Facebook just announced a dramatic update to the News Feed that is sure to get brands’ attention. In fact, some outlets are even asking if this is “the end of Facebook News Feed for pages.”
Here’s what’s happening, what you need to do, and why I think this is actually a GOOD thing for the platform.
What is Facebook Changing?
To summarize the announcement, Facebook wants people to see more posts from friends and family than they see from brands and publishers. This will be accomplished by giving more newsfeed juice to “posts that spark conversations and meaningful interactions between people.” Here’s how:
“To do this, we will predict which posts you might want to interact with your friends about, and show these posts higher in feed. These are posts that inspire back-and-forth discussion in the comments and posts that you might want to share and react to – whether that’s a post from a friend seeking advice, a friend asking for recommendations for a trip, or a news article or video prompting lots of discussion.”
Mark Zuckerberg, CEO of Facebook, also posted his own announcement via his FB page. Here are the key sections:
I'm changing the goal I give our product teams from focusing on helping you find relevant content to helping you have more meaningful social interactions. [...]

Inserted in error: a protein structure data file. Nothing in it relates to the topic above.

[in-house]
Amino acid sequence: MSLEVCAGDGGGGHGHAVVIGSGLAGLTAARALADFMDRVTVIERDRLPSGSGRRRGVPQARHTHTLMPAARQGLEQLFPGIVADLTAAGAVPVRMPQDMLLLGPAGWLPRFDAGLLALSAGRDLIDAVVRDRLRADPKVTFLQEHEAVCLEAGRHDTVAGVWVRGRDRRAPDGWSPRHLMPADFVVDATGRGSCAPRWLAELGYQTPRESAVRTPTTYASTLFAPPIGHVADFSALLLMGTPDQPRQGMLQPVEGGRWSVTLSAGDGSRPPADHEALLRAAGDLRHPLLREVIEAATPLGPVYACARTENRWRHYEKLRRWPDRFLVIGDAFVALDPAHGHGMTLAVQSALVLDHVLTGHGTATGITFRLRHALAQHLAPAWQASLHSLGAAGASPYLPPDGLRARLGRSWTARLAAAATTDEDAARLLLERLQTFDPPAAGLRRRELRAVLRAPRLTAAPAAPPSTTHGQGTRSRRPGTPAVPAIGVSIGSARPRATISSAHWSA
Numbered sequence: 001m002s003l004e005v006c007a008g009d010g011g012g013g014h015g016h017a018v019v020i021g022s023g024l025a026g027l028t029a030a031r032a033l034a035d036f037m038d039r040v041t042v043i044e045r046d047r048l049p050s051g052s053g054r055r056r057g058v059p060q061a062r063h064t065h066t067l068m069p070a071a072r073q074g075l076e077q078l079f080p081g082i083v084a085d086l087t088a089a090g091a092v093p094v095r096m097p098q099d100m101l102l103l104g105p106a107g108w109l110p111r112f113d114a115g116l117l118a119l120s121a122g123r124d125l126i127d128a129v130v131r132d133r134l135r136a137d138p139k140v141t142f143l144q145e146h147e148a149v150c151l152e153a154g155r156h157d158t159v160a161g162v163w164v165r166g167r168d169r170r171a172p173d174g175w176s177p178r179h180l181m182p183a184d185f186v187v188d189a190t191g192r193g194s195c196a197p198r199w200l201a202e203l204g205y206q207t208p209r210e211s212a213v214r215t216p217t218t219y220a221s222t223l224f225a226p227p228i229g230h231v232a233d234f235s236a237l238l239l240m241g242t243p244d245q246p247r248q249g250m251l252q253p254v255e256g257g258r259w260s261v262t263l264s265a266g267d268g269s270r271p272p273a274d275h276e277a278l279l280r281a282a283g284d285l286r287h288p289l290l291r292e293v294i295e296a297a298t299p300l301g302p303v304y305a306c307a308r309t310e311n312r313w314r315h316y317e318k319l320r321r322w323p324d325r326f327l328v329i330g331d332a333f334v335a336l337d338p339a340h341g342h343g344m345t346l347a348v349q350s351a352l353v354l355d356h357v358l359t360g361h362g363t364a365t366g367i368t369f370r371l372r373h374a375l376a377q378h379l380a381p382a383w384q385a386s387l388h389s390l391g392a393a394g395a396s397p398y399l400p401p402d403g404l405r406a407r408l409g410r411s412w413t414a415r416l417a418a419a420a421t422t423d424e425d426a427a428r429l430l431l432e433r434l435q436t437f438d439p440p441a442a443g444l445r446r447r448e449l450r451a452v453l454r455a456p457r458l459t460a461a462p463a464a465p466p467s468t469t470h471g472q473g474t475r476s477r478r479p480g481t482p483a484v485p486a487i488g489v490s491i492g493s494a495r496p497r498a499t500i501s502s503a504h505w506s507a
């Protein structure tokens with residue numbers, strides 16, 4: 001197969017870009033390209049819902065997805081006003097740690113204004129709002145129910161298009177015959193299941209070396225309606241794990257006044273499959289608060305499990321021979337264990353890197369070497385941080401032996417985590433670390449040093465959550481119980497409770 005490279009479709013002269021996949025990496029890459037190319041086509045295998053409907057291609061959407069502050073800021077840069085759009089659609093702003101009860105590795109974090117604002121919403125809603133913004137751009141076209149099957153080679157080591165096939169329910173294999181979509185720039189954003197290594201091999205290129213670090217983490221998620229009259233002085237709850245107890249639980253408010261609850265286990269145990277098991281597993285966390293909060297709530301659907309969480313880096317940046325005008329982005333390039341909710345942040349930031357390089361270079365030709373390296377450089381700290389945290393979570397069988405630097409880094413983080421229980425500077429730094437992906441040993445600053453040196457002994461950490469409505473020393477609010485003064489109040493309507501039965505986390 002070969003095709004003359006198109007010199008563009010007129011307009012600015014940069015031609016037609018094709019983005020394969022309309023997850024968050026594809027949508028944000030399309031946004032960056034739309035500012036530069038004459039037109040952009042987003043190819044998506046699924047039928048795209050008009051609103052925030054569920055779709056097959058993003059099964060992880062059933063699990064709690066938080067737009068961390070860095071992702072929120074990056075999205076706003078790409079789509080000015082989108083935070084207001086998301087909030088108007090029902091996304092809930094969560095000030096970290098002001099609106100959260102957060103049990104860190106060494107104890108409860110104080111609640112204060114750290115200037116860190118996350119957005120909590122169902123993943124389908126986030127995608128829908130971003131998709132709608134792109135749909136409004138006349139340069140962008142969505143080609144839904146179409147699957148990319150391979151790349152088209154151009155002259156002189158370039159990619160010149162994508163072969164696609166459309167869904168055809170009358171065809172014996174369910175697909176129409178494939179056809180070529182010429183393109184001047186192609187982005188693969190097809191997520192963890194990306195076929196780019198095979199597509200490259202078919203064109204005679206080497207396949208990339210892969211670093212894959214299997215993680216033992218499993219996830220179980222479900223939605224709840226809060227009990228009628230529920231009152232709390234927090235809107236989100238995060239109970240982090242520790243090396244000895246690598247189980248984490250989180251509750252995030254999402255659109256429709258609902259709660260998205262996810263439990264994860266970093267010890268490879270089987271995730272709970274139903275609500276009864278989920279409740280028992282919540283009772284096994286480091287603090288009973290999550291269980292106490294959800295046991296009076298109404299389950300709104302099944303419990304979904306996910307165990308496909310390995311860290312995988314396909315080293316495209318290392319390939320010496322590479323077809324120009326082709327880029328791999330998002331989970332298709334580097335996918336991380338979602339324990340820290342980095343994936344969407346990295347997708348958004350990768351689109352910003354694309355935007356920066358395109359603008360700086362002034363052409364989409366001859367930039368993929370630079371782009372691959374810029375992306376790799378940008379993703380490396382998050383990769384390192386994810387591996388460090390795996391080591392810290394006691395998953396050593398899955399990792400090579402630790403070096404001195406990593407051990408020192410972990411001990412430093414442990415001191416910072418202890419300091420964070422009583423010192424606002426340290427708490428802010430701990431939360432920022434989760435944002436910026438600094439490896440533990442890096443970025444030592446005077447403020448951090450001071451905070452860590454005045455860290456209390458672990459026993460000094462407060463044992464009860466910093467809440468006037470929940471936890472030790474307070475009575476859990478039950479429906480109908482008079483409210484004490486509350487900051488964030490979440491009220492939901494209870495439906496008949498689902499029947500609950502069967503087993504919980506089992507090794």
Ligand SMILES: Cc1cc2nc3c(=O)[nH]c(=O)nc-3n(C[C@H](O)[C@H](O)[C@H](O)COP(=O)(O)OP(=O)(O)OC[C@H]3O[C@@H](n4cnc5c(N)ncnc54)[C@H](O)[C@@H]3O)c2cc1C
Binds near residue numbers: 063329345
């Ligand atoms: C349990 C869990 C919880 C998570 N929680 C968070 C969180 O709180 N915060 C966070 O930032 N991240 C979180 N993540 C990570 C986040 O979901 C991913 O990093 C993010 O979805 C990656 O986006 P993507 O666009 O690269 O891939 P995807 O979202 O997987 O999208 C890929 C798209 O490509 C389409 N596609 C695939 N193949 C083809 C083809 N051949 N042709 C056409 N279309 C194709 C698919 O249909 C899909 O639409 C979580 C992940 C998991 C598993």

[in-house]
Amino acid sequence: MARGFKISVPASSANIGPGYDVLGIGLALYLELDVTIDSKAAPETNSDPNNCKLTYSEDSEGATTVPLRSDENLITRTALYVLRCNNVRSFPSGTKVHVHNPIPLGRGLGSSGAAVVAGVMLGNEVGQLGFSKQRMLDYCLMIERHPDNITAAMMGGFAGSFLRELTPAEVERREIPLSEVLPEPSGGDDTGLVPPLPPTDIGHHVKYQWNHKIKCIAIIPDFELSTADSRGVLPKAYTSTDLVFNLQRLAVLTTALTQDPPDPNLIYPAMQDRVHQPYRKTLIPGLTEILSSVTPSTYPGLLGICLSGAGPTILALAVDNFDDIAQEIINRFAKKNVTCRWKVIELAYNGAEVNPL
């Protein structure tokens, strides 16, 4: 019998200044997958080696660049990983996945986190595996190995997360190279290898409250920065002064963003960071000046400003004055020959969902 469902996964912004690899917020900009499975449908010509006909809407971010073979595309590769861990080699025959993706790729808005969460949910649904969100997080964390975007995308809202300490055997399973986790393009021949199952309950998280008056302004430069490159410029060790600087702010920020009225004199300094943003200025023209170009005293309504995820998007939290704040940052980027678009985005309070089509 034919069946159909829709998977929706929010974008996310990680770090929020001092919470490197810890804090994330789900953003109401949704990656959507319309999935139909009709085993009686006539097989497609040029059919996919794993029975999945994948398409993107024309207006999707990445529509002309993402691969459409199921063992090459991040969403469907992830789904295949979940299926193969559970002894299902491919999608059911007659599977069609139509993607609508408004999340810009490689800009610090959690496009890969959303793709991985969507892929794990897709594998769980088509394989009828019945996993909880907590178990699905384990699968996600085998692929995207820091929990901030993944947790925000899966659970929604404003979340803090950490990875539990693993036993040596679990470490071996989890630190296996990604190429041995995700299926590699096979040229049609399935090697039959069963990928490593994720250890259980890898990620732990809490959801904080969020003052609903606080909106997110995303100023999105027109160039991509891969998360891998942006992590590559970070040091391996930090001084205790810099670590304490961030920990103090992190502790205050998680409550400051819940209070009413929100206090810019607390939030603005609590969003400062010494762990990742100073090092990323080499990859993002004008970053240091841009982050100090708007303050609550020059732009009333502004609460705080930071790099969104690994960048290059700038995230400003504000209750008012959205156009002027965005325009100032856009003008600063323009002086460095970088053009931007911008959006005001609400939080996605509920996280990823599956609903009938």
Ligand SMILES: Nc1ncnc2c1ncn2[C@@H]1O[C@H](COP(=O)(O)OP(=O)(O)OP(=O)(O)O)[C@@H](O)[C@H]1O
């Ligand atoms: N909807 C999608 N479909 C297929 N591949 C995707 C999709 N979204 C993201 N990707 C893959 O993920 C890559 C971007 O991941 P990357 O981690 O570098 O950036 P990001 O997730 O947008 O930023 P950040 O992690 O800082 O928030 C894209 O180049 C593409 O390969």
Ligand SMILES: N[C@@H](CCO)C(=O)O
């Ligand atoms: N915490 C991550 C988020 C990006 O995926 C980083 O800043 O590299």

The first changes you'll see will be in News Feed, where you can expect to see more from your friends, family and groups. As we roll this out, you'll see less public content like posts from businesses, brands, and media. And the public content you see more will be held to the same standard -- it should encourage meaningful interactions between people. [...]
Now, I want to be clear: by making these changes, I expect the time people spend on Facebook and some measures of engagement will go down. But I also expect the time you do spend on Facebook will be more valuable. And if we do the right thing, I believe that will be good for our community and our business over the long term too.
At its best, Facebook has always been about personal connections. By focusing on bringing people closer together -- whether it's with family and friends, or around important moments in the world -- we can help make sure that Facebook is time well spent.”
By the way, this all comes on the heels of Zuckerberg’s 2018 personal challenge to “fix” Facebook.
How Should Business Pages React?
The biggest reaction I hope we will all have is to finally ditch those lengthy content calendars. Posting an endless stream of meaningless filler content was never doing anyone any favors, and now you can say with absolute confidence that frequency does not trump quality. Instead, your posts need to focus on sharing high-quality content that leads to interactions (among users, not just with your page).
Also, check out the section in the Facebook announcement on what brands can do. Seriously, all of the answers are right there: